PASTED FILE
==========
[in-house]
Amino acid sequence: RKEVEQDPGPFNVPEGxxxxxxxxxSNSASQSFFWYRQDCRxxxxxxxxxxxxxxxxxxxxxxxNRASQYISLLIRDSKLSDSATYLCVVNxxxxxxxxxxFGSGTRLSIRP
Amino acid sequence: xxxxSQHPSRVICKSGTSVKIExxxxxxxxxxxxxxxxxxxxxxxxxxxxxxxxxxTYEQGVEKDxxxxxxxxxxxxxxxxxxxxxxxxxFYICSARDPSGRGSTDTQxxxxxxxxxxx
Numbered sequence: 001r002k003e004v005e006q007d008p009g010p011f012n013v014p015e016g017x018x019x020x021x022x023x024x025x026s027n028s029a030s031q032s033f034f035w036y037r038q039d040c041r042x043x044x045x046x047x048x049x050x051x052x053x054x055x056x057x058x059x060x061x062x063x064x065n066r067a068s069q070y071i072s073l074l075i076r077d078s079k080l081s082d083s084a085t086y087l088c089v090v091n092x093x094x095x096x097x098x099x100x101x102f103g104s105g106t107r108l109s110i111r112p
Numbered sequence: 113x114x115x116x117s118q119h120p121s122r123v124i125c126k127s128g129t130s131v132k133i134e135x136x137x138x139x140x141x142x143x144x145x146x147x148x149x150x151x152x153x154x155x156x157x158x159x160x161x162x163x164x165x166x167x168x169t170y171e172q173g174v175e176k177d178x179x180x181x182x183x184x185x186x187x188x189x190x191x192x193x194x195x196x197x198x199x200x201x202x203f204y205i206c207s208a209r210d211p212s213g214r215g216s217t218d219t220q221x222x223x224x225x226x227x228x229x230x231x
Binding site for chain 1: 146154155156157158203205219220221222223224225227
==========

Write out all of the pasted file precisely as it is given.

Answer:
[in-house]
Amino acid sequence: RKEVEQDPGPFNVPEGxxxxxxxxxSNSASQSFFWYRQDCRxxxxxxxxxxxxxxxxxxxxxxxNRASQYISLLIRDSKLSDSATYLCVVNxxxxxxxxxxFGSGTRLSIRP
Amino acid sequence: xxxxSQHPSRVICKSGTSVKIExxxxxxxxxxxxxxxxxxxxxxxxxxxxxxxxxxTYEQGVEKDxxxxxxxxxxxxxxxxxxxxxxxxxFYICSARDPSGRGSTDTQxxxxxxxxxxx
Numbered sequence: 001r002k003e004v005e006q007d008p009g010p011f012n013v014p015e016g017x018x019x020x021x022x023x024x025x026s027n028s029a030s031q032s033f034f035w036y037r038q039d040c041r042x043x044x045x046x047x048x049x050x051x052x053x054x055x056x057x058x059x060x061x062x063x064x065n066r067a068s069q070y071i072s073l074l075i076r077d078s079k080l081s082d083s084a085t086y087l088c089v090v091n092x093x094x095x096x097x098x099x100x101x102f103g104s105g106t107r108l109s110i111r112p
Numbered sequence: 113x114x115x116x117s118q119h120p121s122r123v124i125c126k127s128g129t130s131v132k133i134e135x136x137x138x139x140x141x142x143x144x145x146x147x148x149x150x151x152x153x154x155x156x157x158x159x160x161x162x163x164x165x166x167x168x169t170y171e172q173g174v175e176k177d178x179x180x181x182x183x184x185x186x187x188x189x190x191x192x193x194x195x196x197x198x199x200x201x202x203f204y205i206c207s208a209r210d211p212s213g214r215g216s217t218d219t220q221x222x223x224x225x226x227x228x229x230x231x
Binding site for chain 1: 146154155156157158203205219220221222223224225227